Harry Voortman: A Humble and Passionate Supporter
3 min. read
April 14, 2022

On April 8, 2022, Harry Voortman, a long-time supporter of the Redeemer community, passed away. His death came just 16 days after the passing of his beloved wife, Anne.

Voortman was known for his entrepreneurial spirit and business drive. He and his brother Bill co-founded a bakery business in Hamilton in 1951. Over the ensuing decades, Voortman Cookies became exceedingly successful, innovating products and brands in a crowded snack market. But all of that success didn’t change Harry and Anne, who remained humble and faithful to God’s leading, always generously giving back to Kingdom causes including numerous ministries as well as many Christian education institutions. 

An advocate of Christian education at all levels, Harry Voortman was involved in the early stages of establishing Redeemer. He sat on the feasibility study committee that founded the Ontario Christian College Association (OCCA) in 1976. The OCCA would later establish Redeemer Reformed Christian College (now Redeemer University) in 1982. Later, Harry and Anne initiated a number of bursaries for high school students and children of missionaries in financial need. They also supported scholarships and bursaries for returning Redeemer students. These awards have made Christian university education possible for hundreds of students over the years.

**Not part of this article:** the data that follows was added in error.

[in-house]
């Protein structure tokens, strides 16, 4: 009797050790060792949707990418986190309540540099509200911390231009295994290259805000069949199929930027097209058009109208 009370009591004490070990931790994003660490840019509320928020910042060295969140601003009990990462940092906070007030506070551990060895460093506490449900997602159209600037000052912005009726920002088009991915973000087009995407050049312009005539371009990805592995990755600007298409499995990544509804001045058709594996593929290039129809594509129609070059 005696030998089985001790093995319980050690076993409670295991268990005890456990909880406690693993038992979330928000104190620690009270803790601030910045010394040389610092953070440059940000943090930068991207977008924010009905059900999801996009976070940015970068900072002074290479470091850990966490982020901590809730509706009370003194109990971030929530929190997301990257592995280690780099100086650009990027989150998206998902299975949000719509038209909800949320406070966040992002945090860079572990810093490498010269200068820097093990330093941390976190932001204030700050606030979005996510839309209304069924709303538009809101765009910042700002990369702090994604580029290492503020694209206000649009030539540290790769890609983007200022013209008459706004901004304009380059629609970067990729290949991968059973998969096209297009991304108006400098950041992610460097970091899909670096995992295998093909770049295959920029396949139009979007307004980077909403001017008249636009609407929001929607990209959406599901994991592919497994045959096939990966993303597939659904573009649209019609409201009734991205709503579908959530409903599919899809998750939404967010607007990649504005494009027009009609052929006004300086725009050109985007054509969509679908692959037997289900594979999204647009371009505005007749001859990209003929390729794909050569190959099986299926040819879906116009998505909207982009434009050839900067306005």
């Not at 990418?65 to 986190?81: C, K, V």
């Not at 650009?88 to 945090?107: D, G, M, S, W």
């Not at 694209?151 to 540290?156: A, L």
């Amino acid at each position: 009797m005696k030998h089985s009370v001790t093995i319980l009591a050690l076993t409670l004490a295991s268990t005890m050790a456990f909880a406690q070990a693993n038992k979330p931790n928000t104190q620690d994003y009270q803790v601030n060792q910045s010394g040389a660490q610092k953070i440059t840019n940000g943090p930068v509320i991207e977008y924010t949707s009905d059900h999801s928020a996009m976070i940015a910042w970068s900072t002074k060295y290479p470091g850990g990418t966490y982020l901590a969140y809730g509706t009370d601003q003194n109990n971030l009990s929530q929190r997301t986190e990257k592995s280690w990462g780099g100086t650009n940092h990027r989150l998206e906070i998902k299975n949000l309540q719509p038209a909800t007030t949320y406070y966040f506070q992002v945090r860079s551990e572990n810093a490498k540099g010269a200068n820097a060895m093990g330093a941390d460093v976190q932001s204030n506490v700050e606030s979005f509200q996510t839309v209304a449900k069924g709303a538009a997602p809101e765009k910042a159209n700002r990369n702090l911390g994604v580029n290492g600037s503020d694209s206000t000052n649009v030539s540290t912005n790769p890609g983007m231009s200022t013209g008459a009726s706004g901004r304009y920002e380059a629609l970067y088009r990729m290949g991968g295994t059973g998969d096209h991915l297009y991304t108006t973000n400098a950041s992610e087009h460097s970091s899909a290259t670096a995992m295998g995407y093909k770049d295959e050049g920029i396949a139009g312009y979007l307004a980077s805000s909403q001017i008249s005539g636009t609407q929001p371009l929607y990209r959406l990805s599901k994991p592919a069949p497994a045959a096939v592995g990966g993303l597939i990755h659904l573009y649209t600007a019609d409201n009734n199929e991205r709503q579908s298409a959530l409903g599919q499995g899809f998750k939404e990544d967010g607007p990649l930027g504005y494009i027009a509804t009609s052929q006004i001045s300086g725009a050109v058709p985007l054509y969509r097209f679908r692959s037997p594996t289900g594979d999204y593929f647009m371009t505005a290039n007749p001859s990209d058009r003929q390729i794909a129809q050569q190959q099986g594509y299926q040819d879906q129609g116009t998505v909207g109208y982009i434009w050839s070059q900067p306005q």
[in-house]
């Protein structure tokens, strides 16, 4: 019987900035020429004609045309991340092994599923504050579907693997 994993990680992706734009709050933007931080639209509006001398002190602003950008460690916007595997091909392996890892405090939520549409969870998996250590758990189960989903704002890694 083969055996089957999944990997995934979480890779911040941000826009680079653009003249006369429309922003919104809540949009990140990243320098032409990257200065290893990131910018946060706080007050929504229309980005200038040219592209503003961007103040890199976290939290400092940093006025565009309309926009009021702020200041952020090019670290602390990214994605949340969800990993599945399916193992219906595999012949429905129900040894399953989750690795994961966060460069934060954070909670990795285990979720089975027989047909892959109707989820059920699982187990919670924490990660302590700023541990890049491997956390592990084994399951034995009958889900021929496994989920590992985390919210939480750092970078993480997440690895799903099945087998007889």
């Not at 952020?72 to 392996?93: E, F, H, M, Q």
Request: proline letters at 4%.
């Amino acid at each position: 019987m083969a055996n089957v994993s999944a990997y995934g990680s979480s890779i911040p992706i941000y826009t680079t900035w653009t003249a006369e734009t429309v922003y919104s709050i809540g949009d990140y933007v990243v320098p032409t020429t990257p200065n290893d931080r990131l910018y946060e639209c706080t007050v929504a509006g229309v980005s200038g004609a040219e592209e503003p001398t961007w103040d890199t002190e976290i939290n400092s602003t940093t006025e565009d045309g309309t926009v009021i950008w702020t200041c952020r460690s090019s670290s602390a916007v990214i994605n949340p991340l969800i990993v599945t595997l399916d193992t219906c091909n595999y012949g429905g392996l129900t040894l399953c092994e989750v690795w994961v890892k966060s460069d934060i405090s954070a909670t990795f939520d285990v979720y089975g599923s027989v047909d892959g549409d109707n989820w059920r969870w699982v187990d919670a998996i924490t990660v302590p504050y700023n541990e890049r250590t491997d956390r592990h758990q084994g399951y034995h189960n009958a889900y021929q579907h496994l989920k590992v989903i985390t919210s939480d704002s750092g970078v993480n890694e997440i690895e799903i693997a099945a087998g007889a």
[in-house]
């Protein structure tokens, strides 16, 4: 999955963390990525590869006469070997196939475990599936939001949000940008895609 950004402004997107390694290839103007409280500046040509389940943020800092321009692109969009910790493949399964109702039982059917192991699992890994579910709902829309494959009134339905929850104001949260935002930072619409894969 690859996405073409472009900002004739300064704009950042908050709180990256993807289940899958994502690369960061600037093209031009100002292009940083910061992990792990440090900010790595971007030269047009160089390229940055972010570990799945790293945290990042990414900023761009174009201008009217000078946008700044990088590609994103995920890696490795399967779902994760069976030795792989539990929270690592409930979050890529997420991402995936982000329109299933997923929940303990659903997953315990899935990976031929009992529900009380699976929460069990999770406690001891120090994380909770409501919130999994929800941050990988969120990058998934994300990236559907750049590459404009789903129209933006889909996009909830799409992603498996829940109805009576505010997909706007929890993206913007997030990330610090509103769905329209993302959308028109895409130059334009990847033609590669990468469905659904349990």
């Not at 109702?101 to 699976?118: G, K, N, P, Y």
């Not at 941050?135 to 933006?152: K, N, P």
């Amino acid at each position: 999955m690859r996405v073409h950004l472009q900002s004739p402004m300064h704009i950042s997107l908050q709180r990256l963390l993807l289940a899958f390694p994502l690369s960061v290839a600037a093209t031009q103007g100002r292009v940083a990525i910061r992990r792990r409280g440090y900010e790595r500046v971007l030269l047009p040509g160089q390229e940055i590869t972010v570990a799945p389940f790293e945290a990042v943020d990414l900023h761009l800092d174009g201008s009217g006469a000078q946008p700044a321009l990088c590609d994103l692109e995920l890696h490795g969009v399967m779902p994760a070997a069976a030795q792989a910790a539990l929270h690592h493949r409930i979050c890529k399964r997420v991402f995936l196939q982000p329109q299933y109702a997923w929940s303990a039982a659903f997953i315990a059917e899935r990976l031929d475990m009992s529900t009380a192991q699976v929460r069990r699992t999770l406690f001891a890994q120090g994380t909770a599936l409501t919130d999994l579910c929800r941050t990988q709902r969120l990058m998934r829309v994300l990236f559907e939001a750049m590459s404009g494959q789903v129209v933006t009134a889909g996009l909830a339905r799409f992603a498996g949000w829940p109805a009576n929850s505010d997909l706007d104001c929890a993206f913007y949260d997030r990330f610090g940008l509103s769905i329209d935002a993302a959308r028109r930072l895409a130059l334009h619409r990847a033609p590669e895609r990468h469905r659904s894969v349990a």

“Harry and Anne were incredibly generous, and sharing the hope of the gospel was always the focus. They wanted to be, and wanted to help others be, the hands and feet of Jesus to the world. And right from the beginning I think there was a clear vision that Christian education, particularly Christian university education, could help disciple the next generation in that calling,” says Redeemer president Dr. David Zietsma. “The Redeemer community owes a great debt of gratitude to Harry and Anne for their faithful prayer and generous support over many years. They leave a legacy of Redeemer students and graduates who will share the love of Jesus wherever they are called.” 

They leave a legacy of Redeemer students and graduates who will share the love of Jesus wherever they are called.

The Voortmans saw this support as a perpetual investment in the lives of students, in the society they would go on to serve and as a way to be obedient to God with the blessings they had received. Teaching from a committed Reformed Christian perspective with a strong biblical foundation was always important. Several of Harry and Anne’s own children, grandchildren and other members of their extended family attended Redeemer as well. 

“He was always thankful, and always quick to give God the glory,” said Ed Voortman, their oldest son. “And when it came to giving, whether to Christian schools or Christian missions, he didn’t give you the feeling he was even giving money away, he was just giving it back.”

Known for humility and for attributing successes as blessings from God, Harry and Anne remained in the same home in Burlington for 60 years. Harry was exceptionally gifted and led with diligence, commitment, hard work and care for his employees, who knew him as an approachable and highly respected leader.

Redeemer extends its sincere condolences to family and friends. 

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